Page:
Despite years of unrelenting efforts, predicting earthquakes — the holy grail of seismology — has only got tougher. A series of high magnitude earthquakes that struck different parts of the globe in recent years has made scientists realise that rocks respond to strain and seismic waves in a far more dynamic manner than was originally assumed. They are now compelled to revisit the well-accepted process used for explaining earthquake occurrences. According to the elastic rebound theory, proposed in 1910 by geologist Henry Fielding Reid of Johns Hopkins University, rocks along the faults are like twigs that bend under stress but snap when stress crosses the threshold. The rocks along faults tend to accumulate strain as plates collide against one another and finally give way when it becomes unbearable. Sudden snapping of the rocks and release of strain causes earthquakes. Since the theory is based on strain accumulation, high magnitude earthquakes should occur only after a long interval. But the occurrence of many high magnitude quakes before strain can accumulate and cross the threshold shows that the elastic rebound theory alone cannot explain the triggering mechanism.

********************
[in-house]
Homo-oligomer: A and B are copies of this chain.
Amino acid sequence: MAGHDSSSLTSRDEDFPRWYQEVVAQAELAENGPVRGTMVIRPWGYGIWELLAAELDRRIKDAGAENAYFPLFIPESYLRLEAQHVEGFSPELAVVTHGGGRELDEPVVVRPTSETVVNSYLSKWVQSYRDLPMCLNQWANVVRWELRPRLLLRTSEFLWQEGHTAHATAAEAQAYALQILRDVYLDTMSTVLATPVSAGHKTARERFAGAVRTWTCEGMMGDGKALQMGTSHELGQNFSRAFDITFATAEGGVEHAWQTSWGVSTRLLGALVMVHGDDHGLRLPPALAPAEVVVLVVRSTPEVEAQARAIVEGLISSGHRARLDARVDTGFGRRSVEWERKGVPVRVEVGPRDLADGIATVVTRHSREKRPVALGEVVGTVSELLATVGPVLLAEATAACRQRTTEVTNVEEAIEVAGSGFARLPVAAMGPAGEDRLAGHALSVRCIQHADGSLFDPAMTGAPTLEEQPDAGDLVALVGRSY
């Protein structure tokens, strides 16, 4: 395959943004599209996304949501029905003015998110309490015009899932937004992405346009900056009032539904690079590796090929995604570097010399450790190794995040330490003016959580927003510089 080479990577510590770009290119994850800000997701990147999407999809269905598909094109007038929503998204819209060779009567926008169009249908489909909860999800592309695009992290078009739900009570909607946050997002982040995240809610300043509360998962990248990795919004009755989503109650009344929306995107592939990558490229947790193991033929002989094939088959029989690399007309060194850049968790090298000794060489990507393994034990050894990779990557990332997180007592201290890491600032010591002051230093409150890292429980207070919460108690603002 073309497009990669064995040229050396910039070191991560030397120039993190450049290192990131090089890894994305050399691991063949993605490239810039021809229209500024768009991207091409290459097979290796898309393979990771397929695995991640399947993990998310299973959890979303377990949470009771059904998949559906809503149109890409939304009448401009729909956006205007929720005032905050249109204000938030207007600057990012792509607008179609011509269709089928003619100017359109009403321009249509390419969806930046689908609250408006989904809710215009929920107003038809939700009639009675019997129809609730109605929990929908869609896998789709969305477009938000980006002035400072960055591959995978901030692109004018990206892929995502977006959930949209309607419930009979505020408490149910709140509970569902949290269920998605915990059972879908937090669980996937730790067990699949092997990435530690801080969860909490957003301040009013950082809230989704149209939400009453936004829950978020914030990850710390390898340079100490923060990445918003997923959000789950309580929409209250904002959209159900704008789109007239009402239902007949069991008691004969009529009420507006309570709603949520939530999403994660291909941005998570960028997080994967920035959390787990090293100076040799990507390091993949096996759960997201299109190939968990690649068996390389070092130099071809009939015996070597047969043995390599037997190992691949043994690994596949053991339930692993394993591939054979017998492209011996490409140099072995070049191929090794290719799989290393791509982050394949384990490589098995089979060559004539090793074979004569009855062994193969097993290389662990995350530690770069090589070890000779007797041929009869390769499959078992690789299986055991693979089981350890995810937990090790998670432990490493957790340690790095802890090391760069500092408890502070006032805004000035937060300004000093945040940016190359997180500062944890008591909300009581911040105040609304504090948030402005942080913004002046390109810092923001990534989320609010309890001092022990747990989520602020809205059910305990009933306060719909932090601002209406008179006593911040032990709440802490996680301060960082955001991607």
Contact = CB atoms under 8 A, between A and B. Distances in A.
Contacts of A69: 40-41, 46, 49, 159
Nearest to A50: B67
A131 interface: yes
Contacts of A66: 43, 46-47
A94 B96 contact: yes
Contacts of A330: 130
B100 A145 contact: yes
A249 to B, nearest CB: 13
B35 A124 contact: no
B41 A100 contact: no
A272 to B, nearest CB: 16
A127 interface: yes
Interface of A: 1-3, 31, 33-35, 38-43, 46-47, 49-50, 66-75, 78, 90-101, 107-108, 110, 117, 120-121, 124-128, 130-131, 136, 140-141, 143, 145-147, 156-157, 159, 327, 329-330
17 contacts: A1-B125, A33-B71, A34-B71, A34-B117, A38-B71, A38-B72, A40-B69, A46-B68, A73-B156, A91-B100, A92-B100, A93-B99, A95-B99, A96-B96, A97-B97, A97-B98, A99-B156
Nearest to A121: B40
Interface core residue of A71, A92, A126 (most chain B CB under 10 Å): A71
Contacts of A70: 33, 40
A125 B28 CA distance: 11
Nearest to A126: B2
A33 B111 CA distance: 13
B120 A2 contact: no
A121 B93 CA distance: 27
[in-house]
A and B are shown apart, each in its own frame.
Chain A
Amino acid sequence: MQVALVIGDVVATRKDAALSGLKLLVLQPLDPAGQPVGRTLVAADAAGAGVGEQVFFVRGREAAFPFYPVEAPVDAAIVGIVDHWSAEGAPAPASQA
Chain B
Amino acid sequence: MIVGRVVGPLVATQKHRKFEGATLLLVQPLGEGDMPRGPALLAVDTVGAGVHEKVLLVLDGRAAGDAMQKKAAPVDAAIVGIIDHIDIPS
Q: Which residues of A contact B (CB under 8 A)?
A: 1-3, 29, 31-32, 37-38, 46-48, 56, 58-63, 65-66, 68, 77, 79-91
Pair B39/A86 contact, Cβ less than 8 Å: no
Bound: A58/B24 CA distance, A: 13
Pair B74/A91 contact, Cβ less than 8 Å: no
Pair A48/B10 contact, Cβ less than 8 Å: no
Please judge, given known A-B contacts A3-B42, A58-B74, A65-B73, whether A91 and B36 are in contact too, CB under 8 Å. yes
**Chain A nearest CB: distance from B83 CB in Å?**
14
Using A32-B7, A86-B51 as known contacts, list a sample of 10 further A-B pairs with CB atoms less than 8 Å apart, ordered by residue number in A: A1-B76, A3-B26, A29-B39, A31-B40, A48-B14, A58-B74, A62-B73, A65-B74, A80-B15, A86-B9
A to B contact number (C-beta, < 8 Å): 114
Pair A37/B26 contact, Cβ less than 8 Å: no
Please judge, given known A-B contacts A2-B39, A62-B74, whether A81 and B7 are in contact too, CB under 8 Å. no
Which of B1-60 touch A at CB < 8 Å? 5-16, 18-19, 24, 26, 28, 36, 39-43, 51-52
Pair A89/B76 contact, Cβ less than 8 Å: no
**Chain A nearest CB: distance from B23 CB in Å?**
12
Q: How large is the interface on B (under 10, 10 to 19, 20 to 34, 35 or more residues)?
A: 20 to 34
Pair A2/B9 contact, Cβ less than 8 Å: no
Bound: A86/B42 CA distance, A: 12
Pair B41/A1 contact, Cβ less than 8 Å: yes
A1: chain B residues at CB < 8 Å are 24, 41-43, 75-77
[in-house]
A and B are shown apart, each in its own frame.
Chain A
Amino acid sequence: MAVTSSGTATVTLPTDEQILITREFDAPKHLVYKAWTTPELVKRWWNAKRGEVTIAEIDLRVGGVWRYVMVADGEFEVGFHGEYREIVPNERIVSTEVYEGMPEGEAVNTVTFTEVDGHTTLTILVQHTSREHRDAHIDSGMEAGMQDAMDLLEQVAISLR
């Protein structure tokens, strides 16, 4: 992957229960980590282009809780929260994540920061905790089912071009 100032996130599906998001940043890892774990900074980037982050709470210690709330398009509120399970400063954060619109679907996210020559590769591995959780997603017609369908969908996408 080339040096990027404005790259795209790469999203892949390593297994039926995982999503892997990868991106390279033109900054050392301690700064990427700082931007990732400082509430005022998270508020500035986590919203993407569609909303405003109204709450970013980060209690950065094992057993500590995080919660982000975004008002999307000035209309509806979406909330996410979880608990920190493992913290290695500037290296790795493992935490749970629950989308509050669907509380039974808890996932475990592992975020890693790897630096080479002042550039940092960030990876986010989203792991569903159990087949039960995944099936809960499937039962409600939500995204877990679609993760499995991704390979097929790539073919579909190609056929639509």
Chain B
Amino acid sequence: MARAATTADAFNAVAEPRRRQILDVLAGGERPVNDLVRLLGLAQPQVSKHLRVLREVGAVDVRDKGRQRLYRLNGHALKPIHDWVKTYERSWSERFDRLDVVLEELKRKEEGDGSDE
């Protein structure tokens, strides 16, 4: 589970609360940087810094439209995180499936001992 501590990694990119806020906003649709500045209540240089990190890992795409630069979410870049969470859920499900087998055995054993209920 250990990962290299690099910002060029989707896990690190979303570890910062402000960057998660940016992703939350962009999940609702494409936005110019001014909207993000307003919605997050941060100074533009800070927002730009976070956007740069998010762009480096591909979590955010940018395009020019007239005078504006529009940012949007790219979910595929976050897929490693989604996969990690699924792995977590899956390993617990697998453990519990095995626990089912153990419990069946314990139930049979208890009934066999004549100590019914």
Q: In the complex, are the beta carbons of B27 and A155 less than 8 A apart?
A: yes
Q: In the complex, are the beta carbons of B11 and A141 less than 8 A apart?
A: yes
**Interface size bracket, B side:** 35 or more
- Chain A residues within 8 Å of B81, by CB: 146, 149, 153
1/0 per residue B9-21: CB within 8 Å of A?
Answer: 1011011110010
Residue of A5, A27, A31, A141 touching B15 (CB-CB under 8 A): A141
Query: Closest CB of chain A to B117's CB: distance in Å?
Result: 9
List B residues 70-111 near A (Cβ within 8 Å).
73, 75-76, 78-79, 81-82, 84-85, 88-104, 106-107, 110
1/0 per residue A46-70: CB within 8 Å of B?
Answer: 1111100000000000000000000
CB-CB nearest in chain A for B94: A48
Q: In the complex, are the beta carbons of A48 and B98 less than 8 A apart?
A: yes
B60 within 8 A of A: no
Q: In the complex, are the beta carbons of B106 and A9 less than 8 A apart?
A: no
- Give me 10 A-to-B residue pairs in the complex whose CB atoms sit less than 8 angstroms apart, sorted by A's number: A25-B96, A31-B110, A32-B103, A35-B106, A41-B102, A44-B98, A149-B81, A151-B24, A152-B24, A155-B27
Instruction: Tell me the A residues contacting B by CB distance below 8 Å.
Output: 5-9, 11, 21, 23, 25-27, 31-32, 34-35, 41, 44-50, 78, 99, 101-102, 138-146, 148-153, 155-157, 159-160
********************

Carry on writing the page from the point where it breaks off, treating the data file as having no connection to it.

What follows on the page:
In fact, many high magnitude quakes have occurred within a relatively short period of time. For instance, the three quakes of more than 7 magnitude that struck Vanuatu, an island nation in the South Pacific Ocean, on October 7 is a classic example of clustering. Sumatra has also been witnessing similar clustering in the last few years. A series of quakes of magnitude greater than 8 have occurred off the coast of Sumatra following the 9.1 magnitude quake of December 26, 2004. In fact, it may be wrong to assume that fault systems lying thousands of kilometres away are behaving independently. While it has been known that high magnitude earthquakes tend to set off tremors by altering the strength of faults lying several hundreds of kilometres away, scientists studying the San Andreas Fault at Parkfield, California, have for the first time been able to monitor this recently. Parkfield, one of the closely monitored earthquake zones in the world, provided the much-needed evidence that the 1992 Landers earthquake in California and 2004 Sumatra earthquake altered its fault strength and triggered tremors. While the 2008 Uniform California Earthquake Rupture Forecast 2 had found that the association of earthquake cycle with the elastic rebound theory can be highly irregular, the latest evidence from San Andreas Fault will further dilute the universality of the elastic rebound theory in explaining earthquake occurrence.